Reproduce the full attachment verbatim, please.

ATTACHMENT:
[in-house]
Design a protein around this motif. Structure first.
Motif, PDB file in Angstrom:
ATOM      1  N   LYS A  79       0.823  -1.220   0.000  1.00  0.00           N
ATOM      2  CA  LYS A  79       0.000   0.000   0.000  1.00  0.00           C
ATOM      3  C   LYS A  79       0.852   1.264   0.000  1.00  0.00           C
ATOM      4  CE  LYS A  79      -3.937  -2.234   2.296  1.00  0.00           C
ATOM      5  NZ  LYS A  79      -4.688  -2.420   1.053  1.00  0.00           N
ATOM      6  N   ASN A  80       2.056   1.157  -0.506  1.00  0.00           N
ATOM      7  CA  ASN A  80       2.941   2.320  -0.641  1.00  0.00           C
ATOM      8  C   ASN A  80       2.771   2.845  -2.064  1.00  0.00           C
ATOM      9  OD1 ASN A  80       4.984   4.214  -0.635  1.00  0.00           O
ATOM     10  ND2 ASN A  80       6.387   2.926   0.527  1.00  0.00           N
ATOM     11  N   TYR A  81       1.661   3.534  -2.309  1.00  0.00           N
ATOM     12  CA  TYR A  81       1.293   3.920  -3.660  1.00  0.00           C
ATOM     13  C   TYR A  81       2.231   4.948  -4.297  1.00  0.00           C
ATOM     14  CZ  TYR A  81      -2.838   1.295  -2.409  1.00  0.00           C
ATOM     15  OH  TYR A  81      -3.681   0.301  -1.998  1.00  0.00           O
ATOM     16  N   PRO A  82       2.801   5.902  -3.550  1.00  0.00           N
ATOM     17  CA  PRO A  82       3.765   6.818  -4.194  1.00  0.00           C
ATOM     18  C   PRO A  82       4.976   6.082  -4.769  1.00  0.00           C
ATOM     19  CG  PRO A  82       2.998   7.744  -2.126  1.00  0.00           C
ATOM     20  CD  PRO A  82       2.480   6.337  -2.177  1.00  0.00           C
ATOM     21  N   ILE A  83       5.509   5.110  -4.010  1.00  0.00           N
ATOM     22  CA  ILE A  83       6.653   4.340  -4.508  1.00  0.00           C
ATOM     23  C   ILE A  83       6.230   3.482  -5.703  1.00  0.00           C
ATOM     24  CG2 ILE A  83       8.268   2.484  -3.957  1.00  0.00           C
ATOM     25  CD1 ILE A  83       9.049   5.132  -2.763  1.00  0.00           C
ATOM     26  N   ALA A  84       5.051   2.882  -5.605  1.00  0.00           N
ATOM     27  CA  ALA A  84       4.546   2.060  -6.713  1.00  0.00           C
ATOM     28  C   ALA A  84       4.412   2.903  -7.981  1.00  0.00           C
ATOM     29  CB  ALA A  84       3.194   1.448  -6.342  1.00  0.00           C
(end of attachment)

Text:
[in-house]
Design a protein around this motif. Structure first.
Motif, PDB file in Angstrom:
ATOM      1  N   LYS A  79       0.823  -1.220   0.000  1.00  0.00           N
ATOM      2  CA  LYS A  79       0.000   0.000   0.000  1.00  0.00           C
ATOM      3  C   LYS A  79       0.852   1.264   0.000  1.00  0.00           C
ATOM      4  CE  LYS A  79      -3.937  -2.234   2.296  1.00  0.00           C
ATOM      5  NZ  LYS A  79      -4.688  -2.420   1.053  1.00  0.00           N
ATOM      6  N   ASN A  80       2.056   1.157  -0.506  1.00  0.00           N
ATOM      7  CA  ASN A  80       2.941   2.320  -0.641  1.00  0.00           C
ATOM      8  C   ASN A  80       2.771   2.845  -2.064  1.00  0.00           C
ATOM      9  OD1 ASN A  80       4.984   4.214  -0.635  1.00  0.00           O
ATOM     10  ND2 ASN A  80       6.387   2.926   0.527  1.00  0.00           N
ATOM     11  N   TYR A  81       1.661   3.534  -2.309  1.00  0.00           N
ATOM     12  CA  TYR A  81       1.293   3.920  -3.660  1.00  0.00           C
ATOM     13  C   TYR A  81       2.231   4.948  -4.297  1.00  0.00           C
ATOM     14  CZ  TYR A  81      -2.838   1.295  -2.409  1.00  0.00           C
ATOM     15  OH  TYR A  81      -3.681   0.301  -1.998  1.00  0.00           O
ATOM     16  N   PRO A  82       2.801   5.902  -3.550  1.00  0.00           N
ATOM     17  CA  PRO A  82       3.765   6.818  -4.194  1.00  0.00           C
ATOM     18  C   PRO A  82       4.976   6.082  -4.769  1.00  0.00           C
ATOM     19  CG  PRO A  82       2.998   7.744  -2.126  1.00  0.00           C
ATOM     20  CD  PRO A  82       2.480   6.337  -2.177  1.00  0.00           C
ATOM     21  N   ILE A  83       5.509   5.110  -4.010  1.00  0.00           N
ATOM     22  CA  ILE A  83       6.653   4.340  -4.508  1.00  0.00           C
ATOM     23  C   ILE A  83       6.230   3.482  -5.703  1.00  0.00           C
ATOM     24  CG2 ILE A  83       8.268   2.484  -3.957  1.00  0.00           C
ATOM     25  CD1 ILE A  83       9.049   5.132  -2.763  1.00  0.00           C
ATOM     26  N   ALA A  84       5.051   2.882  -5.605  1.00  0.00           N
ATOM     27  CA  ALA A  84       4.546   2.060  -6.713  1.00  0.00           C
ATOM     28  C   ALA A  84       4.412   2.903  -7.981  1.00  0.00           C
ATOM     29  CB  ALA A  84       3.194   1.448  -6.342  1.00  0.00           C